Munis finish huge-rally week with another day of firmness

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Municipal benchmark yields were five to 10 basis points lower Friday, extending the market's recent rally through the end of the week.

The municipal market has weathered an unprecedented, volatile month during which the market swung from record-low yields to a 200-basis-point selloff before erasing much of the losses as the impact of the coronavirus ravages the global economy.

The virus led to unprecedented Fed interventions in the markets. For the first time ever, it will buy VRDNs and short- and long-term municipal bonds — a move the Fed did not even consider in the 2008 financial crisis.

The Federal Reserve Board in Washington has hired Treasury Department veteran Kent Hiteshew to help guide it through this new purchasing authority.

The Federal government will provide $2 trillion through a stimulus package passed Friday that will give direct cash payments to governments, industries and individuals to attempt to prop up the U.S. economy.

The municipal primary market essentially shut down for two weeks during the turmoil as benchmark yields wildly swung 50 to 75 basis points in either direction on a given day, with some parts of the yield curve facing 1% changes in a single day.

The municipal market has decoupled from U.S. Treasuries.

During this time, price discovery has been severely challenged, vendors were also struggling to keep up with the massive swings in benchmark rates, which could affect quarterly performance in one of the most volatile time periods. Traders faced massive selling pressure with investors pulling record billions from funds and then a rally this week, reversing some of those losses.

The market had to attempt to calibrate yields and spreads during that time. Average daily volumes jumped 75% per day, while that has calmed some and sources said volumes were up around 62% to end the week.

Participants are taking stock of what occurred during the time and are looking to this week to return to a more normal market. The municipal bond market is poised to begin digesting larger primary issuance once again next week after a massive rally over the past week that saw yields fall providing the sense to participants the very worst is over for now, though most expressed caution.

“The economic impact from COVID-19 has been incredible and it remains to be seen how long the recovery process will take,” said Jamison Feheley, head of public finance banking at JPMorgan. “Many of our clients have been hit very hard and will need access to significant amounts of capital to facilitate economic recovery plans. Through the aggressive actions by the Federal Reserve, we expect markets to stabilize and interest rates to remain low for the remainder of this year creating favorable conditions for issuers to re-enter the market.”

“I think the primary won’t be normal but it will be a new normal,” said Brian Wynne, head of public finance for Morgan Stanley. “With so much uncertainty, both in rate and in credit, I think everyone is assessing what the effect will be on corporations and municipalities.”

As the market adjusts to work-from-home policies, participants are homeschooling their children while trading or negotiating deals and following the minute-by-minute news of what this virus is causing their own families and communities. The municipal market is still open.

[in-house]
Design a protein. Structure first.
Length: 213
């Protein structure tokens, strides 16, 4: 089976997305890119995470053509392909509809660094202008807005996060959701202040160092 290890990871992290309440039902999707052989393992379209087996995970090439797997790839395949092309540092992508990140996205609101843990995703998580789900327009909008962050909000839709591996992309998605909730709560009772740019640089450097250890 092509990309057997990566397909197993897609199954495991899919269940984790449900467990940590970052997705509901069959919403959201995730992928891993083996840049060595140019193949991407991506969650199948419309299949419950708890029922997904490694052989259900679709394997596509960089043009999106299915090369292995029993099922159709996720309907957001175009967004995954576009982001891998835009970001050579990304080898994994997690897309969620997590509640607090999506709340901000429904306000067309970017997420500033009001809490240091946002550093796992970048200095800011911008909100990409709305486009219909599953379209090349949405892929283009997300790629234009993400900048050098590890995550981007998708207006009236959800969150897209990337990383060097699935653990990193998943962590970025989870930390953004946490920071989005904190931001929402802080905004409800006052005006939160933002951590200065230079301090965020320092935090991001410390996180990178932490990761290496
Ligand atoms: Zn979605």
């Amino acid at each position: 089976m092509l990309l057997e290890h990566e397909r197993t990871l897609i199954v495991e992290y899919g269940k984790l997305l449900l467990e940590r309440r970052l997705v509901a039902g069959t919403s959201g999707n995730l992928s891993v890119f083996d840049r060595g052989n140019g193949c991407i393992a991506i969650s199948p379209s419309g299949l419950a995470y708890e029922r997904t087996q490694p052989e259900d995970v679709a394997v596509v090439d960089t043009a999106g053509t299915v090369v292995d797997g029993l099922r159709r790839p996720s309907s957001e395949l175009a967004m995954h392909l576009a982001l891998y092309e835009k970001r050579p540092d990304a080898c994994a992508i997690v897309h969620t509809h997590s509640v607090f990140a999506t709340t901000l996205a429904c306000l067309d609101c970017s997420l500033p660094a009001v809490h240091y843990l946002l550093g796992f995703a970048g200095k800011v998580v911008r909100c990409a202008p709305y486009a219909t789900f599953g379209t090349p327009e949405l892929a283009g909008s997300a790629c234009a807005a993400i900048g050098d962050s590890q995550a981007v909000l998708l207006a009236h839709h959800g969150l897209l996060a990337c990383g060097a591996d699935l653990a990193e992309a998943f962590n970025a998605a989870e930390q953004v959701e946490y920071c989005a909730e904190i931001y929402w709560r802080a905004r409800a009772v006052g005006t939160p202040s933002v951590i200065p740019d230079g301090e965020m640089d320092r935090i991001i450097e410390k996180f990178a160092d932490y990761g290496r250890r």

“One of the more positives I have taken away from all of this is how quickly broker dealers and investors and issuers and traders and everyone in our industry have adapted to working in different locations and still getting their jobs done and doing it to the best of their ability,” Wynne said. “Trading volume is well above average and it demonstrates the resiliency of the people in our industry.”

A trader in Florida said “we are seeing bid lists start to slow down a little from the heaviness,” which was largely a glut of short paper in the 2022 camp. “Overall, the market is functioning properly and seems to have found a short-term top for the moment,” he said, predicting that next week’s estimated $3.9 billion in negotiated and competitive transactions will be welcome.

“We are optimistic that a calendar can get priced in this market,” he said Friday, adding that another $14 billion on the day-to-day calendar is waiting in the wings and “could pop into the market.”

Even as the municipal market is starting to retrace its losses, it still faces some short and long-term hurdles.

“This market is still trading on edge,” the Florida trader said. “We do expect mutual funds to come under pressure and potentially continue to see outflows.”

He noted that daily outflows from mutual funds topped $1 billion on Thursday on the heels of a sell-off that took the market by surprise.

“The size of the sell-off in the muni market over the last 10 days caught market participants off guard,” he said, adding that it demonstrated the illiquidity of the municipal market compared to other products.

“Considering the high-grade collateral of our market versus other asset classes, our collateral shouldn't have sold off that much, but the reason it did was a search for liquidity,” the trader added.

But new deals have priced and participants expect more. Morgan Stanley ran the books on deals both for the traditional tax-exempt muni market and taxable muni market for a Stanford not-for-profit health’s $300 million, remarketing for Indiana Ascension Health on Wednesday, Stanford tax-exempt Health’s $170 million and City of Phoenix’s $393 million of tax-exempt water revenue bonds on Thursday and Friday priced New York State’s $175 million of tax-exempt ESG bonds.

“So far this week, all deals were repriced to lower yields but it’s unclear can they absorb the financing in a short period of time, like two to three days,” Wynne said. “I think what issuers and underwriters are supposed to do is adapt but I am optimistic and positive.

In terms of the type of investor that bought munis the past couple of days, Wynne said that with steep drop in prices and increases in yields, that brought crossover buyers including life and casualty insurance companies, significant renewed interest from the retail buyer and some hedge funds.